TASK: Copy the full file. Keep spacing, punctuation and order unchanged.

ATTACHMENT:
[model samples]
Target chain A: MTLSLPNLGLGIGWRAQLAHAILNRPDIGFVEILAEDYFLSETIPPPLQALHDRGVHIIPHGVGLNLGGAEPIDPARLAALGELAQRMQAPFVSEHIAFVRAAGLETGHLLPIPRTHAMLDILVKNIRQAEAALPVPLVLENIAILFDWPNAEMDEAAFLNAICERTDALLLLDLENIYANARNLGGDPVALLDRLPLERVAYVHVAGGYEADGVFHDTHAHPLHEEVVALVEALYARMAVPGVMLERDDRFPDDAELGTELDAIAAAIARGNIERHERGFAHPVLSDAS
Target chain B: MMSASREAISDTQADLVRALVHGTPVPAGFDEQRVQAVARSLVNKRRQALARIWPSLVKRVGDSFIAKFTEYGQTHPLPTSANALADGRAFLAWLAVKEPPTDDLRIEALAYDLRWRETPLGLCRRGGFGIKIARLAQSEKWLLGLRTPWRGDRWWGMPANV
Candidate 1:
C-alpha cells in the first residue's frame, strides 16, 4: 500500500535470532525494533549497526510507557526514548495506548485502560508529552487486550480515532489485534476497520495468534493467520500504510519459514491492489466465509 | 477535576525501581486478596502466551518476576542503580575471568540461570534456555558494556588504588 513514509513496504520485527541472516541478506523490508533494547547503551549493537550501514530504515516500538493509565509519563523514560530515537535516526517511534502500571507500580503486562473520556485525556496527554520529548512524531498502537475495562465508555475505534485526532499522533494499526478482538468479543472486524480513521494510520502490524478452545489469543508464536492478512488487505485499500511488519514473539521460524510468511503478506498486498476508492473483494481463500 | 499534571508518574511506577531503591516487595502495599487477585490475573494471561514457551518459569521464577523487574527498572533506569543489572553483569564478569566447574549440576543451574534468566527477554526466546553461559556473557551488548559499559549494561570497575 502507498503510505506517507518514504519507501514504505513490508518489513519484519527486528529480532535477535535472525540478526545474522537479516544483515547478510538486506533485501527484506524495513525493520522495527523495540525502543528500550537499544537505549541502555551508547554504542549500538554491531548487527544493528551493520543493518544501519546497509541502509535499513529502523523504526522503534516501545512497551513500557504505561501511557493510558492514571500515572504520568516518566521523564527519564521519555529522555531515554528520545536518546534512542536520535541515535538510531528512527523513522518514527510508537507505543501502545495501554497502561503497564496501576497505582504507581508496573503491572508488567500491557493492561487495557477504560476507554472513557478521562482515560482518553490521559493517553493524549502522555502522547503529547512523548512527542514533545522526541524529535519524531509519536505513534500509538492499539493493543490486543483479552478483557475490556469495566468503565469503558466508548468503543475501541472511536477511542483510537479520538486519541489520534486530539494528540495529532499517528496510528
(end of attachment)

[model samples]
Target chain A: MTLSLPNLGLGIGWRAQLAHAILNRPDIGFVEILAEDYFLSETIPPPLQALHDRGVHIIPHGVGLNLGGAEPIDPARLAALGELAQRMQAPFVSEHIAFVRAAGLETGHLLPIPRTHAMLDILVKNIRQAEAALPVPLVLENIAILFDWPNAEMDEAAFLNAICERTDALLLLDLENIYANARNLGGDPVALLDRLPLERVAYVHVAGGYEADGVFHDTHAHPLHEEVVALVEALYARMAVPGVMLERDDRFPDDAELGTELDAIAAAIARGNIERHERGFAHPVLSDAS
Target chain B: MMSASREAISDTQADLVRALVHGTPVPAGFDEQRVQAVARSLVNKRRQALARIWPSLVKRVGDSFIAKFTEYGQTHPLPTSANALADGRAFLAWLAVKEPPTDDLRIEALAYDLRWRETPLGLCRRGGFGIKIARLAQSEKWLLGLRTPWRGDRWWGMPANV
Candidate 1:
C-alpha cells in the first residue's frame, strides 16, 4: 500500500535470532525494533549497526510507557526514548495506548485502560508529552487486550480515532489485534476497520495468534493467520500504510519459514491492489466465509 | 477535576525501581486478596502466551518476576542503580575471568540461570534456555558494556588504588 513514509513496504520485527541472516541478506523490508533494547547503551549493537550501514530504515516500538493509565509519563523514560530515537535516526517511534502500571507500580503486562473520556485525556496527554520529548512524531498502537475495562465508555475505534485526532499522533494499526478482538468479543472486524480513521494510520502490524478452545489469543508464536492478512488487505485499500511488519514473539521460524510468511503478506498486498476508492473483494481463500 | 499534571508518574511506577531503591516487595502495599487477585490475573494471561514457551518459569521464577523487574527498572533506569543489572553483569564478569566447574549440576543451574534468566527477554526466546553461559556473557551488548559499559549494561570497575 502507498503510505506517507518514504519507501514504505513490508518489513519484519527486528529480532535477535535472525540478526545474522537479516544483515547478510538486506533485501527484506524495513525493520522495527523495540525502543528500550537499544537505549541502555551508547554504542549500538554491531548487527544493528551493520543493518544501519546497509541502509535499513529502523523504526522503534516501545512497551513500557504505561501511557493510558492514571500515572504520568516518566521523564527519564521519555529522555531515554528520545536518546534512542536520535541515535538510531528512527523513522518514527510508537507505543501502545495501554497502561503497564496501576497505582504507581508496573503491572508488567500491557493492561487495557477504560476507554472513557478521562482515560482518553490521559493517553493524549502522555502522547503529547512523548512527542514533545522526541524529535519524531509519536505513534500509538492499539493493543490486543483479552478483557475490556469495566468503565469503558466508548468503543475501541472511536477511542483510537479520538486519541489520534486530539494528540495529532499517528496510528